They say you resemble me.
Years ago in Jamaica
when you were still an infant
a great aunt upon seeing you
for the first time
But is little Opal same face on this one.
Dem cut from de same cloth!
Are we cut from the same cloth?
How are we alike?
How do we differ?
Today, 24 years after you were born
I reflect on carrying your for nine months,
trying to bring up what stands out during that pregnancy.
I remember your birth clearly, especially when your brother and sister and grandpa and grandmother
came and saw you in the hospital the next day. I remember how you clung to me, and I wondered if
you would ever detach yourself.
I remember being frantic, doing the edits on my dissertation while I breast-fed you.
I remember thinking how incredible enormous is the human capacity to love and to protect because I love you with every ounce of blood in my body, and I didn’t think this would have been possible with two other children.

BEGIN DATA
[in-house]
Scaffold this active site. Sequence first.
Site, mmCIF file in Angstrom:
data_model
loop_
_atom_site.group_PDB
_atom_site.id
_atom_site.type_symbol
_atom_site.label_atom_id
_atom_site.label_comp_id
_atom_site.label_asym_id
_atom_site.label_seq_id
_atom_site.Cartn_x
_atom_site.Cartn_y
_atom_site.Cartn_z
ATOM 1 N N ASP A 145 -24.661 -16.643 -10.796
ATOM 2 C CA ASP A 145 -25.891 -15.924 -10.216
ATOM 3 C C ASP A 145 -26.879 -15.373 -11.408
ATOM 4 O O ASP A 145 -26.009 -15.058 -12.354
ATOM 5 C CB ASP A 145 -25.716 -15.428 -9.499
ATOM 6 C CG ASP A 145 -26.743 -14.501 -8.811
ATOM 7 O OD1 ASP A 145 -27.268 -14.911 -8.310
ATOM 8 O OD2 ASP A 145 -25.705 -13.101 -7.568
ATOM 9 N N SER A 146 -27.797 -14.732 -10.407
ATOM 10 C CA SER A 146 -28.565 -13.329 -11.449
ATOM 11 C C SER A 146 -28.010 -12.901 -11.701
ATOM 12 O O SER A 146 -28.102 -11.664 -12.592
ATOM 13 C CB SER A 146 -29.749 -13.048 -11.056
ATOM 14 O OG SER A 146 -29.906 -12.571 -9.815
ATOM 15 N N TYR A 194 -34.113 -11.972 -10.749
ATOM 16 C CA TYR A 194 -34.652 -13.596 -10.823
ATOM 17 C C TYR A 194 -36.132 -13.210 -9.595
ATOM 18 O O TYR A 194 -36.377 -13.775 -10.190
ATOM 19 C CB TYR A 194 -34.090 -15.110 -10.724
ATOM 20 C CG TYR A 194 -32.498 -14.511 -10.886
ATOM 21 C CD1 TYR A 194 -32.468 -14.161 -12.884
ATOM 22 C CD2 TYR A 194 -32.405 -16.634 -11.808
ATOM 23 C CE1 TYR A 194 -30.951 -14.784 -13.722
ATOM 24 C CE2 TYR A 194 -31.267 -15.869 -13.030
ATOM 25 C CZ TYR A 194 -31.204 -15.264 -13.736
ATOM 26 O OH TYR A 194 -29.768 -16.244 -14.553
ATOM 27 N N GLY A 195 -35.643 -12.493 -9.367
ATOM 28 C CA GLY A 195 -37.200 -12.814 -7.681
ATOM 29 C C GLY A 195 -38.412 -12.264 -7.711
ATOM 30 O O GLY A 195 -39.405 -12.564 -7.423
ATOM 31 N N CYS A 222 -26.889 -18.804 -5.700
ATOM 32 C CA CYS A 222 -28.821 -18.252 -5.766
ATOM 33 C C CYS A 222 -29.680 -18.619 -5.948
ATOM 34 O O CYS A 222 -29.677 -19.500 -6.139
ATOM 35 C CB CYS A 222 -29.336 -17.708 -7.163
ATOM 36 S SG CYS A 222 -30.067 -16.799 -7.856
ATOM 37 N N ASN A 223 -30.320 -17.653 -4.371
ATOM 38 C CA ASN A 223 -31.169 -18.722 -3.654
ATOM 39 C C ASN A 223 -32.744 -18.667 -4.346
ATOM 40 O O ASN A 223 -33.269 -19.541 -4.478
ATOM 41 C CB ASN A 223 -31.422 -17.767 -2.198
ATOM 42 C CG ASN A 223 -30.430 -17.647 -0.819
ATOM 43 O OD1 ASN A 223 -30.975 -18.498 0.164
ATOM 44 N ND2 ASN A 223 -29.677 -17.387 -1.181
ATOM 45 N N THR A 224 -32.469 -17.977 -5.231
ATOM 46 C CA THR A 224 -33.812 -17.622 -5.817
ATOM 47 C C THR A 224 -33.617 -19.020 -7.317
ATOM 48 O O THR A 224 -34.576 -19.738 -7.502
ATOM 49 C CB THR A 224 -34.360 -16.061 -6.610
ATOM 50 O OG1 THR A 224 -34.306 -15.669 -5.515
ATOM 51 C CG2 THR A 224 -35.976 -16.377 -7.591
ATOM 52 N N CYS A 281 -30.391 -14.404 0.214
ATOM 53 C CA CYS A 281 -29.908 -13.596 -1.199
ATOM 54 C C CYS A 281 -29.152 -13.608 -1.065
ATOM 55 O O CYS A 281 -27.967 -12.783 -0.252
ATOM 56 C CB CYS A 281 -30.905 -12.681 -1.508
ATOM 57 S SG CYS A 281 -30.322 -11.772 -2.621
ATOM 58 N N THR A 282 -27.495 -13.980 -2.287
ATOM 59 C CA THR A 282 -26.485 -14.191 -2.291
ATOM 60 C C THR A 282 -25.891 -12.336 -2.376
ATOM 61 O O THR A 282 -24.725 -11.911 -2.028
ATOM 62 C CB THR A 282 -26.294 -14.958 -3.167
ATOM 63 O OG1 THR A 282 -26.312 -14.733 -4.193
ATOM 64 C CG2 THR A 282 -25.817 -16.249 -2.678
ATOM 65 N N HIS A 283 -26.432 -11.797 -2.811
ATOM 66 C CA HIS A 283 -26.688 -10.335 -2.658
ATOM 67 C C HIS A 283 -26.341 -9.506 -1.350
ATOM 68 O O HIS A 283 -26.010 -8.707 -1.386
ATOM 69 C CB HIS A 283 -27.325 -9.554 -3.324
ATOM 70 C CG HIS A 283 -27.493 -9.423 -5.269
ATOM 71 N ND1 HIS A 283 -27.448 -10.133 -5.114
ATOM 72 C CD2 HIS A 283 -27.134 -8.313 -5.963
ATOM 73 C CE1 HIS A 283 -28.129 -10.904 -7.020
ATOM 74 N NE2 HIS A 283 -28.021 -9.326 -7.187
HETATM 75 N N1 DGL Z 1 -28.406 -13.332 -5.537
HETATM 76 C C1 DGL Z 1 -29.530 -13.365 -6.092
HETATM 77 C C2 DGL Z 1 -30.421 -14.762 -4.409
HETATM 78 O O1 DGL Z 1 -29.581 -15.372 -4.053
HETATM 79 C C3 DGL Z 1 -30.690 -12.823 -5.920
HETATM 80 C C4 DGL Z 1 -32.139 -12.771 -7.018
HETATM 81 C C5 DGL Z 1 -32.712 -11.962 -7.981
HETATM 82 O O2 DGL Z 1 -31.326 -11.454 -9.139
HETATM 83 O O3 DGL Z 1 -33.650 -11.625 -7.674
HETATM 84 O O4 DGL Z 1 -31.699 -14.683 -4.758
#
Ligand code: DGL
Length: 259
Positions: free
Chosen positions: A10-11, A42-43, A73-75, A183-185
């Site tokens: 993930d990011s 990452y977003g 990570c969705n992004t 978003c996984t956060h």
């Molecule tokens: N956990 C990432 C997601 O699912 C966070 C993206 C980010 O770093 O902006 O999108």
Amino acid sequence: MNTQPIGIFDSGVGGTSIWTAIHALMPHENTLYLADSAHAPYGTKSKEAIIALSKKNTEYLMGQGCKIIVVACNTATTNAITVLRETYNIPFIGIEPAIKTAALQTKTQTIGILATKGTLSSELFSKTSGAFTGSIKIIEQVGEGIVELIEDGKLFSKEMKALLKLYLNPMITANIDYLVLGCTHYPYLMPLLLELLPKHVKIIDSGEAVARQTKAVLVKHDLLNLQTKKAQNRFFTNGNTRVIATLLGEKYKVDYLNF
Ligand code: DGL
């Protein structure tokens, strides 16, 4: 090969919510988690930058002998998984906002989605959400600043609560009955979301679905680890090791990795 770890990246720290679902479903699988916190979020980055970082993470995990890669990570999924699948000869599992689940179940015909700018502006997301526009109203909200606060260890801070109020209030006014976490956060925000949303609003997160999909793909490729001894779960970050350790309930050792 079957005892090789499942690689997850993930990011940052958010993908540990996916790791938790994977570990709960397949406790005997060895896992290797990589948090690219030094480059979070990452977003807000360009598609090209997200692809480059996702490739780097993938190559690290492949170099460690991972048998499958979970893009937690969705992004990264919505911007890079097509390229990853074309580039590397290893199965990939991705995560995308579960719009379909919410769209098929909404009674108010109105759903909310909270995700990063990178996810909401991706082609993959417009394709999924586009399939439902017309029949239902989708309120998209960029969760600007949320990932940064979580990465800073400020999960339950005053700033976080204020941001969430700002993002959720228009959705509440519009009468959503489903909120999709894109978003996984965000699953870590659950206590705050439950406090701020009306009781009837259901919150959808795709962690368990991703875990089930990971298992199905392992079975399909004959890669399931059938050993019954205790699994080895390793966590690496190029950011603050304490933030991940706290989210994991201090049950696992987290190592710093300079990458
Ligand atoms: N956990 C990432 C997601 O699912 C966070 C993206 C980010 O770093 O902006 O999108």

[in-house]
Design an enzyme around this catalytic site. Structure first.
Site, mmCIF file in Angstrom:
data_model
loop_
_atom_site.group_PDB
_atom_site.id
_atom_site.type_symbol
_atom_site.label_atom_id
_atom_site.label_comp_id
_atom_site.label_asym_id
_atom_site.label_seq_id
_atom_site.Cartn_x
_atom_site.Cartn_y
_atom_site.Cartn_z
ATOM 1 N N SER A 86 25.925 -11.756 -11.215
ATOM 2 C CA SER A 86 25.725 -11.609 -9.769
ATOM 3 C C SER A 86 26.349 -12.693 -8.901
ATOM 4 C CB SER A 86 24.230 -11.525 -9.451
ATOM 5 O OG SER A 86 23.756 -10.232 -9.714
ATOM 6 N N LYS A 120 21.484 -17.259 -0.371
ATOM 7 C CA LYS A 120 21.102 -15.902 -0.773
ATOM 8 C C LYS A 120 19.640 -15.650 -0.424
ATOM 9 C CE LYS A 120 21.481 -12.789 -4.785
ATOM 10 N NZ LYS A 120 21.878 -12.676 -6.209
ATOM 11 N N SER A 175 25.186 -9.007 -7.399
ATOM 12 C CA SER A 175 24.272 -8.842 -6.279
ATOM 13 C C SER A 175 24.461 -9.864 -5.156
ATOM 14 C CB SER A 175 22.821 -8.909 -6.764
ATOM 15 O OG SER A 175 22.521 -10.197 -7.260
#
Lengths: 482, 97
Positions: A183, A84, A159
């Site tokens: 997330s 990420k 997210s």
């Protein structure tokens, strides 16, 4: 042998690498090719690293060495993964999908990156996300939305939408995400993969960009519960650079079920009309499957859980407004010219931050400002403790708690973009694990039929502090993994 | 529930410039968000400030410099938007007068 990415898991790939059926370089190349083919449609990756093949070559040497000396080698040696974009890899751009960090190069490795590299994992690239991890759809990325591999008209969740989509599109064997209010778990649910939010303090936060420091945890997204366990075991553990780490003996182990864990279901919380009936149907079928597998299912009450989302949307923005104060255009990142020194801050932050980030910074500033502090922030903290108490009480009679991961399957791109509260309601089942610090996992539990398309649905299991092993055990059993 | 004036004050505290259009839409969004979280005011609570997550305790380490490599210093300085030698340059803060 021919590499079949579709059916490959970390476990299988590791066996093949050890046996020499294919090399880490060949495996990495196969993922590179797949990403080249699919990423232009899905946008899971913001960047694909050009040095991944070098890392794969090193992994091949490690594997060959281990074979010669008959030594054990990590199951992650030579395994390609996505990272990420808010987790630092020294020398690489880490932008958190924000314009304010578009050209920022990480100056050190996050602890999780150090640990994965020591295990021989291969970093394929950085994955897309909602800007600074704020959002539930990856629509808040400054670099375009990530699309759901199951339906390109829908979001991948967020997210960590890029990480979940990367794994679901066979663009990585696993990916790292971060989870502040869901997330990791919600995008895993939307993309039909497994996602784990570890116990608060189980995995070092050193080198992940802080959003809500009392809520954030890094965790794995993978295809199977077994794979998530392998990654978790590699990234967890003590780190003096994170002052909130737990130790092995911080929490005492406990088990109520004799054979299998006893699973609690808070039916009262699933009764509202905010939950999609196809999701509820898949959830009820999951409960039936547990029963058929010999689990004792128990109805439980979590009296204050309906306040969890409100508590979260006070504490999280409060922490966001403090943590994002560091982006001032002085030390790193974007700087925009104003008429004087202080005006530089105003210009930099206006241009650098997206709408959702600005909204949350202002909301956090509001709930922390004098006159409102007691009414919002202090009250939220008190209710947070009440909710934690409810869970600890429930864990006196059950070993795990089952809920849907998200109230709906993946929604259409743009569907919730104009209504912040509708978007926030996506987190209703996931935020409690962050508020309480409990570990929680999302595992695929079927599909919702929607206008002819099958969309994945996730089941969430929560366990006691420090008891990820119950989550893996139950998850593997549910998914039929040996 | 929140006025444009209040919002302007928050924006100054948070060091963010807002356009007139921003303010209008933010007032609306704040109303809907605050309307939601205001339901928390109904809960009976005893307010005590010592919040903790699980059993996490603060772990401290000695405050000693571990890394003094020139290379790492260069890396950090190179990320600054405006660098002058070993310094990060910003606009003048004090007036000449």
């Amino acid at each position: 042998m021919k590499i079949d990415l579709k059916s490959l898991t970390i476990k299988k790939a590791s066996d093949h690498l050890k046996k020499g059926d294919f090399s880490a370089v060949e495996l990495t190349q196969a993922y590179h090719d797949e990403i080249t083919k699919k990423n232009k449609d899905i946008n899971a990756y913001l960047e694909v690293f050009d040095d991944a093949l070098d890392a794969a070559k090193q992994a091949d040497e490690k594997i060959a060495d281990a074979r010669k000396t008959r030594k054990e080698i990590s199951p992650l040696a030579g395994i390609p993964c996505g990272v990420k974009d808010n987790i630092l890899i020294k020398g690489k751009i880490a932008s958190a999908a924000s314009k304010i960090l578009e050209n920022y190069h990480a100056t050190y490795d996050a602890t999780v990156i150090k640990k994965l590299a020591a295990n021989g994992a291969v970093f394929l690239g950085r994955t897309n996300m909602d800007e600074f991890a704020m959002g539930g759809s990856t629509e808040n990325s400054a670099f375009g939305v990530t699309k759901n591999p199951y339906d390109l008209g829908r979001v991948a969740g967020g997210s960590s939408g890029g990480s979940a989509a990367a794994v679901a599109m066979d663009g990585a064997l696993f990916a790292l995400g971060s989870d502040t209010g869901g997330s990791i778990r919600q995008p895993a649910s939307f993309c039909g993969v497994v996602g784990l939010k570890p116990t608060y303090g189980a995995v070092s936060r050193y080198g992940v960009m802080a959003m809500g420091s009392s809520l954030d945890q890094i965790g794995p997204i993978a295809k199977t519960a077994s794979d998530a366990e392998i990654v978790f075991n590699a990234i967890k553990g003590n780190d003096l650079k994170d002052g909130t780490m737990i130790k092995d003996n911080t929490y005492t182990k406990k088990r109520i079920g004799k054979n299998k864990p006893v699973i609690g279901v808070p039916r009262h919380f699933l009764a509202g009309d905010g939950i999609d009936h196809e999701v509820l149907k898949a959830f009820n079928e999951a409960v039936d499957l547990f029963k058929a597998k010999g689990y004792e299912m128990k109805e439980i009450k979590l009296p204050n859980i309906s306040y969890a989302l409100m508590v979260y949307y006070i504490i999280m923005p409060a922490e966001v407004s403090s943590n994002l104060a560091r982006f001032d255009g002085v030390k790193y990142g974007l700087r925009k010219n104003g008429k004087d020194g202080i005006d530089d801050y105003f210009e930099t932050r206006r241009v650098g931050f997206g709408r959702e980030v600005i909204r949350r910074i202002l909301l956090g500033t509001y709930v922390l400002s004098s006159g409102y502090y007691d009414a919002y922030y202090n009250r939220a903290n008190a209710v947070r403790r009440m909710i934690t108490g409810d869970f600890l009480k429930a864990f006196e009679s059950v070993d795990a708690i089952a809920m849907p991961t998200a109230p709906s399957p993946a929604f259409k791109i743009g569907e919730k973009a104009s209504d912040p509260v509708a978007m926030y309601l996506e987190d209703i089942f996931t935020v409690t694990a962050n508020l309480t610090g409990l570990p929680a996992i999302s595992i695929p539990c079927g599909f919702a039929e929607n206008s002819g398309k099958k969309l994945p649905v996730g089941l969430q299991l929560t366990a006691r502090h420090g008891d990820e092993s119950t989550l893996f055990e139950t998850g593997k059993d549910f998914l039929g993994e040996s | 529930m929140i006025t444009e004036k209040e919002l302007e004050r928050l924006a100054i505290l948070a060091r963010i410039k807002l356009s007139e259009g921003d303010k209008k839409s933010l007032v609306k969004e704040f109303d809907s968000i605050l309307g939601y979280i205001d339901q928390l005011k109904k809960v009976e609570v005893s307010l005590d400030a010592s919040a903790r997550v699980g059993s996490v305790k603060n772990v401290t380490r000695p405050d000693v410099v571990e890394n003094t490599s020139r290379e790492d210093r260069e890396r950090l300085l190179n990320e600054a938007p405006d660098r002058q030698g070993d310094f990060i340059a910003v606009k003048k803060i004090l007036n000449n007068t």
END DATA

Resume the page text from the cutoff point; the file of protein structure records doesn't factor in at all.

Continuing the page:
I remember long after you had your own room, every night I would wake and find that you had again crawled into my bed, your arms and legs flung over me.
I knew you would be the last child I would bear, and I was willing to give you the world, and still am prepared to do so.
daring, ferocious, womanist
you’ve always loved the world
and wanted the best for it
in that regard we are similar.
Not afraid to try and fail and try and accomplish
Not afraid to demand your full share and more
Not afraid to go where others have not gone
You take risks
Your allow yourself to be stretched
Your love is a square knot
You will neither betray nor abandon friends
You are my daughter
and your birth is also my birth
another realization of self
another opportunity to teach and learn
to dance at life’s many miracles
and say thank you
for bringing you into my life
thank you for showing me
what is possible in those we love
But mostly thanks you for the enduring love and connection; thank you for what is yet to come.